How do I get my husband to listen to me?
I'm always listening to my husband, but it feels like he never listens to me.
How do I get my husband to listen to me instead of me listening to him all the time?
Thanks for reaching out. This is a great question. Communication is definitely a 2-way street. One person cannot participate in a discussion. It takes a talker and a listener. Furthermore, communication will breakdown if each party is only focusing on his or her agenda and is not open to what the other person is saying. since I can't ask you questions about what is going on, I am going to make a guess at one situation that comes up a lot when I work with couples. One person focuses more on solving the issue, than listening to their partner. This can be frustrating for the partner who wants to just be "heard."
I understand that you are working really hard to listen to him and he might not be putting as much effort into listening to you. That can be really frustrating and difficult and I want to acknowledge you for wanting to improve your relationship.
One of the best strategies to gettting heard, is actually to BE A GOOD LISTENER to someone else. I know you are probably already a good listener and for you to work on listening skills may seem counterintuitive, right? You want to get heard and now you are the one doing the listening. But this can really create more effective communication if you invest time working on doing some active listening in your relationship because then you get to model those skills for your husband and allow him to see what it feels like to be listened to and then you can even teach him some of those skills. In other words, you practice specific techniques that you can use and then teach later on.
Here are some skills for you to use consciously and then you can teach:
- Pay attention and use your body language to convey that you are in the conversation. No texting or distractions. Lean in. Focus.
- Listen for content and for emotion. Clarify what you don't understand. Try to understand the person's underlying emotions.
- Don't rush to judgement or to changing what is going on with the person. Sit in a place where you are really curious and want to understand what is going on.
- Encourage the other person to continue speaking, Nod and vocalize that you hear what they are saying.
- Ask questions to get to understand the other person's point of view.
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It's hard when you feel as if you're the only one that's taking the time to listen to your spouse. But, I would look at this as an opportunity to see if you can become aware of what exactly is happening between you, when you try and talk with your husband.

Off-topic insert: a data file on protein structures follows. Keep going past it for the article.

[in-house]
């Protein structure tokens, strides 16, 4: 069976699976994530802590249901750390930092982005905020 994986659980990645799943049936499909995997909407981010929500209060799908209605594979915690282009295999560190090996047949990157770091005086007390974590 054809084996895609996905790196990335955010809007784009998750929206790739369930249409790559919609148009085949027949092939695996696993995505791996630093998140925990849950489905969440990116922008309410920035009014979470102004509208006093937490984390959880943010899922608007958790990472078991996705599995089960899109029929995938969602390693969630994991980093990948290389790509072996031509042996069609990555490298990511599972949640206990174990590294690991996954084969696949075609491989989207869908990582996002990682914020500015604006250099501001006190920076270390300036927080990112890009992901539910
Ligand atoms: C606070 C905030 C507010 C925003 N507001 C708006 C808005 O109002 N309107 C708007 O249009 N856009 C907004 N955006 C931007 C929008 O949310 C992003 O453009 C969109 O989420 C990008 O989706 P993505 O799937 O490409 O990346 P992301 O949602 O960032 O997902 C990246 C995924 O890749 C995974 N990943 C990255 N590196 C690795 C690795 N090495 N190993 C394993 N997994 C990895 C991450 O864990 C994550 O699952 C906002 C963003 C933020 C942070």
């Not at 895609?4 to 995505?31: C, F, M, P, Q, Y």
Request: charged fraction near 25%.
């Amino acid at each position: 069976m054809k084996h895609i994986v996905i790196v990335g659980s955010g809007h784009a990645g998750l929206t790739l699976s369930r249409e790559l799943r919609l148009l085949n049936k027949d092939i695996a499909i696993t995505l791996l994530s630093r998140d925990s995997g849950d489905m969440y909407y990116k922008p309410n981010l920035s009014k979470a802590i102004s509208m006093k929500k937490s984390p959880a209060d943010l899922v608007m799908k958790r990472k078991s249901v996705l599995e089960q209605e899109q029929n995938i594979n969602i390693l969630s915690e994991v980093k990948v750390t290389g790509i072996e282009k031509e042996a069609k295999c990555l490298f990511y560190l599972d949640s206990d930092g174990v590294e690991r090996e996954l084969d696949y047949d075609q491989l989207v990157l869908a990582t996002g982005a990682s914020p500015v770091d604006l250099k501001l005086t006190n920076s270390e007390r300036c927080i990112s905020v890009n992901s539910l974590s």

Sometimes, it can be in the way dialogue is approached. I would suggest paying attention to the way you begin dialogue with your husband. See if blame and criticism are present. When blame and criticism are included, bids for connection, can quickly go off track. This can sometimes start off with something like: "why don't you..." "you aren't..." "you don't..." Partners can quickly go into defensive mode if they feel they are being attacked and sometimes starting off like this can feel like an attack.
Also, become aware of the time of day or evening when you approach your husband. Sometimes, this can make a big difference for couples as far as when they can truly be present for one another.
If you find this pattern continues, you might consider seeking professional help through couples therapy. A trained couples therapist can help you both understand more about what's happening between you.
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Does your husband want to listen to you?
Find this out by asking him the question!
This way you know whether the goal you'd like to reach is even possible.
Some partners prefer that one person is the rule maker or the only one who is entitled to talk about themselves.
If your husband tells you he wants to listen to you, or even that he does listen to you, then you can explain in detail the way you define "listening", which may be very different than his definition.
Basically, no one can directly change someone into being more openminded.
What is possible is to tell him your wishes, your willingness to be patient while he develops the habit of listening to you and point out that a relationship is more fulfilling when both partners feel they are receiving from the other one.